4. Mitigating HR related challenges such as the downturn of traditional coaching on the job or annual feedback discussions as especially in explorative units the developmental needs are defined bottom up by employees and feedback is exchanged in high frequency. The unpredictable and volatile nature of explorative businesses contradict the cyclical rhythm of incentives. Successes and learnings of the innovation business may no longer be properly reflected nor rewarded in existing incentive schemes.
An external perspective can assist ambidextrous managers to strike a balance
The ones put in charge to manage, exploit and explore both worlds – the traditional business and innovation ventures – swing between efficiency and innovation-focused activities. They take the helicopter view whilst maintaining an eye for operational detail. In coaching, many of those leaders find sparring to identify and overcome challenges and develop individual success strategies. Sometimes also to manage fear of failure or to anticipate and reflect what’s next. In this context it can be useful to
- Become aware of the distinct tasks and responsibilities as an ambidextrous leader. It is not self-evident for all leaders how employees and teams in both organizational setups need and want to be led. Self-reflection of systematic and continuous application of situational leadership can be a first step. Reflections with a neutral sparring partner can shed light on: How do employee needs and expectations differ in my explorative vs. exploitative team? Which behavior and actions do I display in which? How do I maintain fairness and transparency with both units? How do I develop, retain and coach employees which operationally no longer work for me, but for the explorative project and still report to me? How do I secure quality and performance in my team after a top talent left to work for the explorative venture? How do I overcome the detachment from a content and interaction point of view?
- Develop a USP and reputation uniting the contradicting elements of the mandate. The USP ideally is of value in both “organizational worlds” to ensure long-term employability in any of the two. Jointly with a coach, scenarios can be outlined and assessed. Impulses for reflection could be: What is my professional next step once established structures and proven success strategies dissolve? To what extend do I still have a future in the “traditional part of the business” after having worked in the innovative arm? How do I maintain trust of and connectivity to my peers of the traditional unit while building an explorative one with different rules to the game? To what extend do relevant jobs continue to exist in the old structure if my company invests in new ventures? How do I need to expand my knowledge and skill portfolio to continue to steer projects in the future? Which skills will be required 10 years from now? How do I escape the dead-end street in case the explorative venture fails?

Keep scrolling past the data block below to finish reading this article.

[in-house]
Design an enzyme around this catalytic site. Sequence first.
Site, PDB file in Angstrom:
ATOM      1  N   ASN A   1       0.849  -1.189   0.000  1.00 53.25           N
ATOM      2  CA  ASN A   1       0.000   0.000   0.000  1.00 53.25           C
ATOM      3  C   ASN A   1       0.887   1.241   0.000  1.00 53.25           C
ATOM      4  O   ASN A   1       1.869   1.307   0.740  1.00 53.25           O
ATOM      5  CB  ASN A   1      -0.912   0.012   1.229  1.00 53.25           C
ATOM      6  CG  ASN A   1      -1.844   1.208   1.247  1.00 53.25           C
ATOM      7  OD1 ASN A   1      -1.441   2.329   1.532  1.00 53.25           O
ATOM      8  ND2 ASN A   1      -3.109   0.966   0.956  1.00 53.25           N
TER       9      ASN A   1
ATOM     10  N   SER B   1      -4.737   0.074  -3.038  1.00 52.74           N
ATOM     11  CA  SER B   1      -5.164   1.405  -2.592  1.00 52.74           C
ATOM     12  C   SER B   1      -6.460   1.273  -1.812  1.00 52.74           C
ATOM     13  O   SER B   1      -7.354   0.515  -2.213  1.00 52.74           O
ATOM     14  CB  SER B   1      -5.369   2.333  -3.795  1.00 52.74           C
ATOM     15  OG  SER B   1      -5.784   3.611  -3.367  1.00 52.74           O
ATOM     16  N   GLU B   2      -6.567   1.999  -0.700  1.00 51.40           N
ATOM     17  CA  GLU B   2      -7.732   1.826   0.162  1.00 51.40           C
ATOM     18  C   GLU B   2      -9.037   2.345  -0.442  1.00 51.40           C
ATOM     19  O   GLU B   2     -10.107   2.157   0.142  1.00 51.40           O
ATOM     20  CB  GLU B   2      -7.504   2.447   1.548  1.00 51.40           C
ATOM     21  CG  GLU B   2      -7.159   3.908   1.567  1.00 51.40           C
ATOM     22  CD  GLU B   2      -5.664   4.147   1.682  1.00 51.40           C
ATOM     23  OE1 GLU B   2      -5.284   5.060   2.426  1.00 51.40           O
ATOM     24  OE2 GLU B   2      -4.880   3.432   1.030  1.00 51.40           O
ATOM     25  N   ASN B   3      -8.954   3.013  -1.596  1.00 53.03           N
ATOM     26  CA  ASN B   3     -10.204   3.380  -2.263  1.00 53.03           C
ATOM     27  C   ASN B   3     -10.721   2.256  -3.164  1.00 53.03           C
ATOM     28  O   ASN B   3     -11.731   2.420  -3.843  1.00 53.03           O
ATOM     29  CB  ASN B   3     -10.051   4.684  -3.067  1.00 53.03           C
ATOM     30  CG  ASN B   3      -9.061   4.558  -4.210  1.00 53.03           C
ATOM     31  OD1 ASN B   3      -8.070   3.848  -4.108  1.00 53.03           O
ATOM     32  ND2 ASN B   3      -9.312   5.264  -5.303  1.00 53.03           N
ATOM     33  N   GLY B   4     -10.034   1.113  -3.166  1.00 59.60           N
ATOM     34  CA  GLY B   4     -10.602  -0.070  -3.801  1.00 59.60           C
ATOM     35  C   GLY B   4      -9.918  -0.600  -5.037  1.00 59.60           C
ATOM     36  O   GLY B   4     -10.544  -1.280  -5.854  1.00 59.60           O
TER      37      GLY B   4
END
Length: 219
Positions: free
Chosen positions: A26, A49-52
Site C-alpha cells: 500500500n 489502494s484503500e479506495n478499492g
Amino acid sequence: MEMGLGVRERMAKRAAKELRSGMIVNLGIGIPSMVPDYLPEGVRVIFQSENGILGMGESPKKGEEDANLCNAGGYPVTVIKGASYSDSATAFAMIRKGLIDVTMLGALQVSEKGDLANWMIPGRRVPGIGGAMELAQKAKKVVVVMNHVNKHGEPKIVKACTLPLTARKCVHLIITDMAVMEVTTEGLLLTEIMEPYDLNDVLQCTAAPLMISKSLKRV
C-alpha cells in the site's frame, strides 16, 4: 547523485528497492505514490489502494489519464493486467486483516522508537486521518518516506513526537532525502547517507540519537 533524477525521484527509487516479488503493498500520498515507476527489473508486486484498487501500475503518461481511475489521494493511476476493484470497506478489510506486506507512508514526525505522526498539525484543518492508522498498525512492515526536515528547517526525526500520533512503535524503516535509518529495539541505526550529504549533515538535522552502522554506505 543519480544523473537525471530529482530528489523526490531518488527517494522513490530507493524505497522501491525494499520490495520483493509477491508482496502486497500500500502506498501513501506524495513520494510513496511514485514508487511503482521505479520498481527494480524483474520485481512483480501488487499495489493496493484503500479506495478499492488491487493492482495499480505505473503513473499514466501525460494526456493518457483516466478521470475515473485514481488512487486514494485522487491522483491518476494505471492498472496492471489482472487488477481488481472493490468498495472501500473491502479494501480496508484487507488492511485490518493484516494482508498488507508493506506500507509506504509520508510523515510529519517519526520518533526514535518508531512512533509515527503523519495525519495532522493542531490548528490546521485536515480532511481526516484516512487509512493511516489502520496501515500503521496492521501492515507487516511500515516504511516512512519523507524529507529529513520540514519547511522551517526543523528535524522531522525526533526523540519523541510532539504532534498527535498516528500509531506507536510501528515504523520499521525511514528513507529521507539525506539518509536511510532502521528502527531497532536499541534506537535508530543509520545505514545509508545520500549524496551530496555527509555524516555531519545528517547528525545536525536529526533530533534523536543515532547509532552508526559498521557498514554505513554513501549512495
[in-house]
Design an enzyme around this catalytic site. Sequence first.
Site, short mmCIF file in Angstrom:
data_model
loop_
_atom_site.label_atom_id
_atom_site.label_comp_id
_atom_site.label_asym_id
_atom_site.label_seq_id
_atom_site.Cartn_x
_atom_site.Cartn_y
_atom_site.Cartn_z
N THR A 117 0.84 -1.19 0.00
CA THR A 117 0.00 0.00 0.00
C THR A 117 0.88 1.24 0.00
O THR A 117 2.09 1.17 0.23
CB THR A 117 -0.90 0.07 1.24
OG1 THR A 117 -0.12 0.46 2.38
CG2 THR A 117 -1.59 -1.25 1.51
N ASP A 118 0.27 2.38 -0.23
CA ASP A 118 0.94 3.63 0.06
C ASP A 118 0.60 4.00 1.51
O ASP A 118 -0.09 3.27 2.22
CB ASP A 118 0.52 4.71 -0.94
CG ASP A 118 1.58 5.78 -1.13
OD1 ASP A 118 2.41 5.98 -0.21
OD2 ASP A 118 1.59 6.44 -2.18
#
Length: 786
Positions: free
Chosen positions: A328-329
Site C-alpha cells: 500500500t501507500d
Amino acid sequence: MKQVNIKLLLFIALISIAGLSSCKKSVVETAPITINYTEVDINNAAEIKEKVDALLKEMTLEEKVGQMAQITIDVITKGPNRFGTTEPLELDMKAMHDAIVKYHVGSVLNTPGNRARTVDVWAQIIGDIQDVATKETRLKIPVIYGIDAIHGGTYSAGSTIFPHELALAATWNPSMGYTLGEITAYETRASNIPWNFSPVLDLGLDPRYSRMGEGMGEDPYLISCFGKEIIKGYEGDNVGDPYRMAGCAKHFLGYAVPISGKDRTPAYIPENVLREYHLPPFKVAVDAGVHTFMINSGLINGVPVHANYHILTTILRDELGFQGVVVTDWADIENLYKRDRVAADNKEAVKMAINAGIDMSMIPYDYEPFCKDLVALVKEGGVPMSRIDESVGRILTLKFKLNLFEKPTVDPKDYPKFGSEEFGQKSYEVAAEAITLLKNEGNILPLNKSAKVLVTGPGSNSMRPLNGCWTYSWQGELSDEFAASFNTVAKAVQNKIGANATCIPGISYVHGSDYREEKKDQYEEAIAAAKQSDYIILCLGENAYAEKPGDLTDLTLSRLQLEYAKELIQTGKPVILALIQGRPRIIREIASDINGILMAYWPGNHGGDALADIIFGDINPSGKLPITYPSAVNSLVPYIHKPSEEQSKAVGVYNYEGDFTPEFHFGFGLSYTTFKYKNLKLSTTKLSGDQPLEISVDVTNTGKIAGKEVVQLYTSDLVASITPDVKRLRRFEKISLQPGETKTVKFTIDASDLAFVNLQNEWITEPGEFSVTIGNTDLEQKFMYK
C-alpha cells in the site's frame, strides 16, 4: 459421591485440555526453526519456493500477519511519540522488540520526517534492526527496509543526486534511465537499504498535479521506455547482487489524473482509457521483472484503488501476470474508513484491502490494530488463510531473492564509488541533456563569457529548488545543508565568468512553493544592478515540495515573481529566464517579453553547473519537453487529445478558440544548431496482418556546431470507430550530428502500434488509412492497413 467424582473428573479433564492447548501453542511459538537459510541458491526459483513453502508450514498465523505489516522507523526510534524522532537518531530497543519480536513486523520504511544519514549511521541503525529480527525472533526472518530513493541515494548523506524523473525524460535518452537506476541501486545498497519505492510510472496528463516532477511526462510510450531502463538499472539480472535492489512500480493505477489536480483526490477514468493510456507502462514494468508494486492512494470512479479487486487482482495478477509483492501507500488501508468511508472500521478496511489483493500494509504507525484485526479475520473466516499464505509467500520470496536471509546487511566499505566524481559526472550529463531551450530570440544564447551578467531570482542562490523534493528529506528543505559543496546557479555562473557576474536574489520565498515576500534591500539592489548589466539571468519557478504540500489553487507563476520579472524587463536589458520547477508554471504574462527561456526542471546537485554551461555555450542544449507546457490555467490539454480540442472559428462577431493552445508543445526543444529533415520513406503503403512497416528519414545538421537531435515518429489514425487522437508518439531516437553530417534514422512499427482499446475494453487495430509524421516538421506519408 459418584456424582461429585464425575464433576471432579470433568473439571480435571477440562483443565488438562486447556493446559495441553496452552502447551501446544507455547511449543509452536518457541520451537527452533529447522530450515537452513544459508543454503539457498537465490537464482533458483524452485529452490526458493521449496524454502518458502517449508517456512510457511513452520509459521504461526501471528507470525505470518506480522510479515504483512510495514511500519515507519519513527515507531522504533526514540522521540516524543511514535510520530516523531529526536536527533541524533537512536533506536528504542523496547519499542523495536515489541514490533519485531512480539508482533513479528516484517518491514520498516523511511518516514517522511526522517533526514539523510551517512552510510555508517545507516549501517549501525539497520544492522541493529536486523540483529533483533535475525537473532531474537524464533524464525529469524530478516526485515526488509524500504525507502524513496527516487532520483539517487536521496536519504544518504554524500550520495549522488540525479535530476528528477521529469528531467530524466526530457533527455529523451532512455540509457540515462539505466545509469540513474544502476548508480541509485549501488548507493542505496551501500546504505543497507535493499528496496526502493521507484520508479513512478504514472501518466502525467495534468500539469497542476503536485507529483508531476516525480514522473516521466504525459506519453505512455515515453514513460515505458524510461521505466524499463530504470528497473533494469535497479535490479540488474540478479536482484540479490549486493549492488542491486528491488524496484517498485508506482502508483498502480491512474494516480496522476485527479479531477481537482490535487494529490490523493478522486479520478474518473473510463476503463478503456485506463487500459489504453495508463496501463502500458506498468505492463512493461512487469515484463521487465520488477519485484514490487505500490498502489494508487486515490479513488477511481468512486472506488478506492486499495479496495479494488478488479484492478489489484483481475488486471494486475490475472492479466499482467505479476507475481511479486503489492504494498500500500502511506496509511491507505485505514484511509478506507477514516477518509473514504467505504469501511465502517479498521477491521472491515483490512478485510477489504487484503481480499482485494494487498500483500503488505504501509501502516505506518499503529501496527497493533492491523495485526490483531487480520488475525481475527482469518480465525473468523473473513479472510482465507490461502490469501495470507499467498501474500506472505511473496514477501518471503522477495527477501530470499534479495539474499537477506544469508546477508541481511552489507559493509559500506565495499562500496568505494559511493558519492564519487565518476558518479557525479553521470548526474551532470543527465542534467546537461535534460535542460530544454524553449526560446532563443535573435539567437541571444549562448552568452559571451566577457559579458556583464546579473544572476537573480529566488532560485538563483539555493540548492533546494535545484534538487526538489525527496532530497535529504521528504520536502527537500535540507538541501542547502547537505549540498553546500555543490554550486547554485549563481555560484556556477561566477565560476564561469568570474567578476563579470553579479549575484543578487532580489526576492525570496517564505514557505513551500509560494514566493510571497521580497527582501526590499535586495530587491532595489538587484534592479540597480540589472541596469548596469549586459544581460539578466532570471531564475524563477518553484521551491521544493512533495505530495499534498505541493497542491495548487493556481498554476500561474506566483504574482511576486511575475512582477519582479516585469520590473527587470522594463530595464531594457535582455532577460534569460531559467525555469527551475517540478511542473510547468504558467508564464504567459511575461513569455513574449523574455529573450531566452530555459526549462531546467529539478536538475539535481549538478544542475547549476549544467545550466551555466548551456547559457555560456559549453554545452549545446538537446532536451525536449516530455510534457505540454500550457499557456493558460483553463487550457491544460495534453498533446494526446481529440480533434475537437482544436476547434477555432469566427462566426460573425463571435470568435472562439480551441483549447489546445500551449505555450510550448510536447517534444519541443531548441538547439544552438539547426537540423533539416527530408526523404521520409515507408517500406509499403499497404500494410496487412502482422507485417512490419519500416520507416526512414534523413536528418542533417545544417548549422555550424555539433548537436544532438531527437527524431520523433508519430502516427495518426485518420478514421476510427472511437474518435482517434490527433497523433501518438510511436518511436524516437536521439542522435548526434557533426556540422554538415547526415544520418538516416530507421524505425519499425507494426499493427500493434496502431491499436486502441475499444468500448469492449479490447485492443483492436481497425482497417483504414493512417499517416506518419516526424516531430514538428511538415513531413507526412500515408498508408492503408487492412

Coaching can be beneficial for ambidextrous top management
Top management oversees the aggregated challenges of its’ ambidextrous organization – thereby acting as ambidextrous managers.
Top management will find it ever more challenging to develop one robust, overarching strategic guidance for operational as well as pioneering activities due to the increasingly competitive and complex markets and differing business activities. Consulting can help to identify a compromising solution such as a compelling vision entailing the company’s ambition and purpose to provide direction, motivate and guide explorative and exploitative units equally. The vision can only unfold its motivational purpose if communicated relentlessly by the company’s senior team. The strategic frame becomes secondary and outlines the joint playing field including broader business priorities, principles of collaboration or degrees of freedom for decision making.
The conflict between focusing on innovation versus efficiency can be addressed by adopting a portfolio approach (HBR 2004, O’Reilly III & Tushman): On the one hand, a set of cash generating activities can be considered a source for survival. On the other hand, focus may lay on activities aimed at developing a new business model or a product. These sets of activities may also gradually move from innovation focus to efficiency focus (or vice versa). Through such a mechanism the organization’s portfolio as a whole remains balanced. A portfolio balance may also be achieved by acquisition of assets with complementary focus (i.e. acquisition targets may have innovation focus when the acquiring company’s focus on efficiency).
Ambidextrous circumstances require a mindset shift in workforce planning, too. Headcount but especially future-oriented skills and capabilities will need to be thoroughly anticipated and planned – and either sourced or developed inhouse.
It becomes evident that ambidextrous top management can no longer aim to dig deep into details of operational day-to-day, assimilate the bandwidth of topics and responsibilities in innovation networks or find solutions for explorative and exploitative challenges. First and foremost, it will need to provide visionary guidance and a fertile playing field for all areas of the organization.
- Harvard Business Review, 2004, O’Reilly III & Tushman
- Arthur D Little, Prism / 1 / 2018, Ambidextrous organizations
- Coaching Magazin, Ambidextrie, Ausgabe 4/ 2020